On Monday, the travel company Thomas Cook announced it would cease operations immediately after it was unable to raise enough money to pay off its debts. This has left hundreds of thousands of travelers without return flights from their holiday destinations.
As a response, several politicians in the U.K. called for government aid to Thomas Cook, and the government has been called to intervene and help out stranded travelers.
Fred Roeder, London-based Managing Director of the Consumer Choice Center, responded by stating that an intervention by the government would be the wrong direction to take.
"It is sad to see a legacy travel company such as Thomas Cook to go under," said Roeder. "But many politicians want to show their support to stranded travelers by flying them home on taxpayers' dime.
"While it is very unfortunate to be stranded at the end of a holiday, one should ask why taxpayers should pay for tourists who didn't buy insolvency or travel insurance?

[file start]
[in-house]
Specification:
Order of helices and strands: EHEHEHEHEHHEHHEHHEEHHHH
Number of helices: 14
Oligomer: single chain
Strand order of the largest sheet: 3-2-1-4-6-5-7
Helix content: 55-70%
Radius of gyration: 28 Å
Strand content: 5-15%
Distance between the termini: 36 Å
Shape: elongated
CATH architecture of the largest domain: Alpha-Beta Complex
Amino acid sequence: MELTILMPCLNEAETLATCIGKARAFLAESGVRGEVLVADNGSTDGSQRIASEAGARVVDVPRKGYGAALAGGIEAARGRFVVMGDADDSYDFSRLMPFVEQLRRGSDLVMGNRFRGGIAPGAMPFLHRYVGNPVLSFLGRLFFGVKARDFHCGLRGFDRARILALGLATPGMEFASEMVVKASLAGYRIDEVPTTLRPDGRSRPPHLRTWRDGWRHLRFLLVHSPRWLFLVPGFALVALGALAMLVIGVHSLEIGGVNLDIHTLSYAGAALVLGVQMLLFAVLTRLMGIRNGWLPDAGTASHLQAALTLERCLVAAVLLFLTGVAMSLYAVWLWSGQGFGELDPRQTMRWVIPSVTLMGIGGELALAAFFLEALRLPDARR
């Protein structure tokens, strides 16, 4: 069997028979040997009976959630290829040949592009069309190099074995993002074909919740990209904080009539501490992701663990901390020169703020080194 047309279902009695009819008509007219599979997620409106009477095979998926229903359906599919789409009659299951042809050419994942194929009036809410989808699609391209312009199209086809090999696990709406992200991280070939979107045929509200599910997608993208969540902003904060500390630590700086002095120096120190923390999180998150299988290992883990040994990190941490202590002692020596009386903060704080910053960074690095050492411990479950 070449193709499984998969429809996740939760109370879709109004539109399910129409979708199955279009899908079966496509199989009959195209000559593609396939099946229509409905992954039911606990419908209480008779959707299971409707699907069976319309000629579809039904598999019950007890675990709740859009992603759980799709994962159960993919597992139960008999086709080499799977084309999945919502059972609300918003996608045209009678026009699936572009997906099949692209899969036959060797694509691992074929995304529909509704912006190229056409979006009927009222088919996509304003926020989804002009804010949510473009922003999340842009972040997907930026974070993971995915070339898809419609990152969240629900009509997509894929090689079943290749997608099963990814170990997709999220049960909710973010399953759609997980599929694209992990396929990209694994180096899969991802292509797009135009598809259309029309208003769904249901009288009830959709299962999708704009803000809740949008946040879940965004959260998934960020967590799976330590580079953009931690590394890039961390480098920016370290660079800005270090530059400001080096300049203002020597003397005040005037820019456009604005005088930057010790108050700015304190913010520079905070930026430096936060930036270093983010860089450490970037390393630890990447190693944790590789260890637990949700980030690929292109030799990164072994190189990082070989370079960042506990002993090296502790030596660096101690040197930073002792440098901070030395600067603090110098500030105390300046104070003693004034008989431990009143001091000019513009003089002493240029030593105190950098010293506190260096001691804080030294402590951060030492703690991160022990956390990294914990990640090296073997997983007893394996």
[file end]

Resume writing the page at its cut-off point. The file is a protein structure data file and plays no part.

"Why should those who stayed home because they either didn't have the money or time for holidays bail out those who went for a holiday trip but didn't want to spend the extra few pounds for insurance? This is effectively is the scenario that ordinary British consumers and taxpayers are faced with," said Roeder.
"We cannot expect Britons who didn't go on holiday to bail out those who did without reasonable insurance, and effectively bail out the company for its own financial mess.
"Airlines and tour operators going bankrupt happens regularly. Monarch and AirBerlin are just two recent European examples. If the government steps in every time a travel company goes bust, the wrong incentives will be set: Travelers won't buy insurances and at the same time risk booking heavily discounted offers from troubled travel companies.
"If this happens, then the next government-sponsored airlift will just be around the corner," said Roeder.
The Consumer Choice Center fights for affordable flights across the world. Read more here.
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